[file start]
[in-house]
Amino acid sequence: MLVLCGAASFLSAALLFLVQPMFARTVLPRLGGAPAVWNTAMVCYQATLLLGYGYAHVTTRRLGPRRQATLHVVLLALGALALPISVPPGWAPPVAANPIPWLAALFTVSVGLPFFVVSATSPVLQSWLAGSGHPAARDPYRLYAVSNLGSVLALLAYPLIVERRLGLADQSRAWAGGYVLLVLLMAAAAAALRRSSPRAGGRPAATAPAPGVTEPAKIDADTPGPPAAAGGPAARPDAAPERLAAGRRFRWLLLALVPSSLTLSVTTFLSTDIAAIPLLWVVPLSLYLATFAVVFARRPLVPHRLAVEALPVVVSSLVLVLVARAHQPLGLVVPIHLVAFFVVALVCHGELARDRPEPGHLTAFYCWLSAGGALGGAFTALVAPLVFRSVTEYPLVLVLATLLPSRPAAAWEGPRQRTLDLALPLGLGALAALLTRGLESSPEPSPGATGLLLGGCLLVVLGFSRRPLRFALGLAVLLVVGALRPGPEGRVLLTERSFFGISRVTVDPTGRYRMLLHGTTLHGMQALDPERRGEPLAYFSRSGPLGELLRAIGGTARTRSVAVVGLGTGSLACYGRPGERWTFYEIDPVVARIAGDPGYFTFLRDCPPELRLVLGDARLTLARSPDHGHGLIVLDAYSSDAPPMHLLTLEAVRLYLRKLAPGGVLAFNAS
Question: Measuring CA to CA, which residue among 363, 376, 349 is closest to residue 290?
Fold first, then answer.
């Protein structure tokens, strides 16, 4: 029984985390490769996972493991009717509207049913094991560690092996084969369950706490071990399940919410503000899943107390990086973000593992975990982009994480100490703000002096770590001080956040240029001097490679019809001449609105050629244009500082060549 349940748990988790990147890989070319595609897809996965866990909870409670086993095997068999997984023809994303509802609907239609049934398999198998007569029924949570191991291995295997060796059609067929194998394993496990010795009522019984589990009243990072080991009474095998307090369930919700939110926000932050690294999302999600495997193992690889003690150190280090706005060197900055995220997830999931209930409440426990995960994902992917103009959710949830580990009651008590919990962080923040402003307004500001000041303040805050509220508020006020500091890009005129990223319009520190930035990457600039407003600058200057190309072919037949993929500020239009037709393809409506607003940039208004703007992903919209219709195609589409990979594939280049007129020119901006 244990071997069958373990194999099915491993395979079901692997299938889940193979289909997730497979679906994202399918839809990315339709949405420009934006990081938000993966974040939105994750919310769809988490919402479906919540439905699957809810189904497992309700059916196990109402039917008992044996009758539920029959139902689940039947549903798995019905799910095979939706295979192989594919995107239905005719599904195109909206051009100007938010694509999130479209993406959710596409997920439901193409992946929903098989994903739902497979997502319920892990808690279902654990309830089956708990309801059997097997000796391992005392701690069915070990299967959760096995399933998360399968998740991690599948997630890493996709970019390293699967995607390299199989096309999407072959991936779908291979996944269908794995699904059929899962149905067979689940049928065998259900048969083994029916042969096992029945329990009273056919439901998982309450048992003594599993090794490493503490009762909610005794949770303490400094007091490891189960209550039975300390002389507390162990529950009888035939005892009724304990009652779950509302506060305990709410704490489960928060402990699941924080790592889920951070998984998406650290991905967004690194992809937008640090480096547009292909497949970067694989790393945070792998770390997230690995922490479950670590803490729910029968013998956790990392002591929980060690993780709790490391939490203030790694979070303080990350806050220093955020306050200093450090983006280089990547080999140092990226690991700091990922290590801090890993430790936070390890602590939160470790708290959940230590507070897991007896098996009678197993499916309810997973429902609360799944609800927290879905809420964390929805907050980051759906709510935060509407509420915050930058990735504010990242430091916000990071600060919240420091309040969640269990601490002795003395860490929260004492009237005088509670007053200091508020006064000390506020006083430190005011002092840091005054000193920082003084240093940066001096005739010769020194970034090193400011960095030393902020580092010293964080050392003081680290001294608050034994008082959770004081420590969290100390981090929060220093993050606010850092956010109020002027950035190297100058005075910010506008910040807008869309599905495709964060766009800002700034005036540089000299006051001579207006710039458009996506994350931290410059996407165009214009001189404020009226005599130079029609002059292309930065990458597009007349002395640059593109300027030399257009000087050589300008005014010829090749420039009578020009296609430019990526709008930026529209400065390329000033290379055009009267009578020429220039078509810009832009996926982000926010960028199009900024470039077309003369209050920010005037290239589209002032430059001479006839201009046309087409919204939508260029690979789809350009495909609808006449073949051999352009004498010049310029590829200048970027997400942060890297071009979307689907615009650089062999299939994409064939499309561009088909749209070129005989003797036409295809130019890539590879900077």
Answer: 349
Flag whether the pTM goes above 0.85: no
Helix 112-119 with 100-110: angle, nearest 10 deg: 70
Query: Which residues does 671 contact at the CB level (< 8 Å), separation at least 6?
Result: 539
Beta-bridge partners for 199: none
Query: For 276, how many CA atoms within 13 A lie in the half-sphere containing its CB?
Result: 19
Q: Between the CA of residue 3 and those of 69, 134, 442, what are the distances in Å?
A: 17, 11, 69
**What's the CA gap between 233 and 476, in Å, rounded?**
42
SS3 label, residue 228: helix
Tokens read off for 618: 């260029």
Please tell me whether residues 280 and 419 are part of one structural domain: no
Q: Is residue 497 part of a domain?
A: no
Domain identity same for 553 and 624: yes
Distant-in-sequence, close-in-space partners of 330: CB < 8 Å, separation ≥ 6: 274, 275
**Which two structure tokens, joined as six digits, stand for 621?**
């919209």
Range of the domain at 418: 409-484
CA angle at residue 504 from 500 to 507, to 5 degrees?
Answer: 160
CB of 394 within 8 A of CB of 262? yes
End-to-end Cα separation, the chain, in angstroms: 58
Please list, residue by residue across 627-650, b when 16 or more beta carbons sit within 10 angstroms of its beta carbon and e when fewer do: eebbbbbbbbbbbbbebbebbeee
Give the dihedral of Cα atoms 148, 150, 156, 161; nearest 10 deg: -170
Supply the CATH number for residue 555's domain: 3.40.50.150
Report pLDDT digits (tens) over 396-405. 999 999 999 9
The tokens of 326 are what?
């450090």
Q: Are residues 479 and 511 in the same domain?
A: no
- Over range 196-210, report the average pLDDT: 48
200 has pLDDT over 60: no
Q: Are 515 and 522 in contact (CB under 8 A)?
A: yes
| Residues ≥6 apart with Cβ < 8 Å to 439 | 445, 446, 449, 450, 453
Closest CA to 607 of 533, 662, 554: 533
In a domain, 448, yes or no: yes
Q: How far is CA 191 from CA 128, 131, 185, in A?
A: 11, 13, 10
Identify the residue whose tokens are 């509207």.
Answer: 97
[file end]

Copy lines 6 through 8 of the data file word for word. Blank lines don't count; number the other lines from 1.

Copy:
Answer: 349
Flag whether the pTM goes above 0.85: no
Helix 112-119 with 100-110: angle, nearest 10 deg: 70